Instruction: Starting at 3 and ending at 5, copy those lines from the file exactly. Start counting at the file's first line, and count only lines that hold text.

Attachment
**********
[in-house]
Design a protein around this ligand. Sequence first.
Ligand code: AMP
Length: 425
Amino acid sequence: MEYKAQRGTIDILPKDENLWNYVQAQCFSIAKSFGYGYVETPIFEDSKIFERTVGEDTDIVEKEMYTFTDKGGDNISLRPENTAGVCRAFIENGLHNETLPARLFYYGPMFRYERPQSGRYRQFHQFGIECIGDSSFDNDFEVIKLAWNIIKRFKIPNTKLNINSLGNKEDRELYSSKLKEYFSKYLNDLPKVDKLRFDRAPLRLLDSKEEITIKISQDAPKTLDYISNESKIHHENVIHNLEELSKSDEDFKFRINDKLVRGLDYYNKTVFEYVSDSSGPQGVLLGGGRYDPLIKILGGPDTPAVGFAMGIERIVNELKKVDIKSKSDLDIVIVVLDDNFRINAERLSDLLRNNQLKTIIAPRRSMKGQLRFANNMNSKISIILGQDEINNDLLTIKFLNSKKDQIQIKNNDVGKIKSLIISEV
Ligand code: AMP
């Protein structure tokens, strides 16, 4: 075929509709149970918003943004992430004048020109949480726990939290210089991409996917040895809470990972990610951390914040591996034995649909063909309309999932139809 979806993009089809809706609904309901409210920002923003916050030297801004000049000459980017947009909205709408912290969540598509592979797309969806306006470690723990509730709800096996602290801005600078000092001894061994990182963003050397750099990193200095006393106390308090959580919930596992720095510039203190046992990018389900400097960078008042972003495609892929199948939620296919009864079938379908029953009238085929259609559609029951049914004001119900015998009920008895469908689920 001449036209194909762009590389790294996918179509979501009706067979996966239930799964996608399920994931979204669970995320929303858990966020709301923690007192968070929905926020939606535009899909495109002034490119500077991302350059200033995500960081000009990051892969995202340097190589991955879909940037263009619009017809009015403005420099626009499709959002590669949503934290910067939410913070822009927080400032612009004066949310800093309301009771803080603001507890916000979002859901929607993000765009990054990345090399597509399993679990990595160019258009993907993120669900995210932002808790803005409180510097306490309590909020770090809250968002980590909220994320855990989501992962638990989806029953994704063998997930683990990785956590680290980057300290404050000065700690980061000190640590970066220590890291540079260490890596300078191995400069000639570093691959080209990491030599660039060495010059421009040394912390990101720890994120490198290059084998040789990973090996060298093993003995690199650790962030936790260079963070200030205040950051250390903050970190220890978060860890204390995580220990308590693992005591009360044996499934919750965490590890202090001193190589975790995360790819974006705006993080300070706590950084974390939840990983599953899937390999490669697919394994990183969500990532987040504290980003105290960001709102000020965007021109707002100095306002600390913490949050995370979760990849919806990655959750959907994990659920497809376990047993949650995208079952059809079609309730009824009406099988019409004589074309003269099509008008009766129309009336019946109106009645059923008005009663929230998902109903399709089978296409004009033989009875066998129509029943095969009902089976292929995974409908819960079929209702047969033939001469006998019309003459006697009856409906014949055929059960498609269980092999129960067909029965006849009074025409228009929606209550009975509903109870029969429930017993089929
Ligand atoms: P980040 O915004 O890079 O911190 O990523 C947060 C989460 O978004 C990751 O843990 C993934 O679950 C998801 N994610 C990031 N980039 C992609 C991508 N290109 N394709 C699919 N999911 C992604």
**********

Ligand code: AMP
Length: 425
Amino acid sequence: MEYKAQRGTIDILPKDENLWNYVQAQCFSIAKSFGYGYVETPIFEDSKIFERTVGEDTDIVEKEMYTFTDKGGDNISLRPENTAGVCRAFIENGLHNETLPARLFYYGPMFRYERPQSGRYRQFHQFGIECIGDSSFDNDFEVIKLAWNIIKRFKIPNTKLNINSLGNKEDRELYSSKLKEYFSKYLNDLPKVDKLRFDRAPLRLLDSKEEITIKISQDAPKTLDYISNESKIHHENVIHNLEELSKSDEDFKFRINDKLVRGLDYYNKTVFEYVSDSSGPQGVLLGGGRYDPLIKILGGPDTPAVGFAMGIERIVNELKKVDIKSKSDLDIVIVVLDDNFRINAERLSDLLRNNQLKTIIAPRRSMKGQLRFANNMNSKISIILGQDEINNDLLTIKFLNSKKDQIQIKNNDVGKIKSLIISEV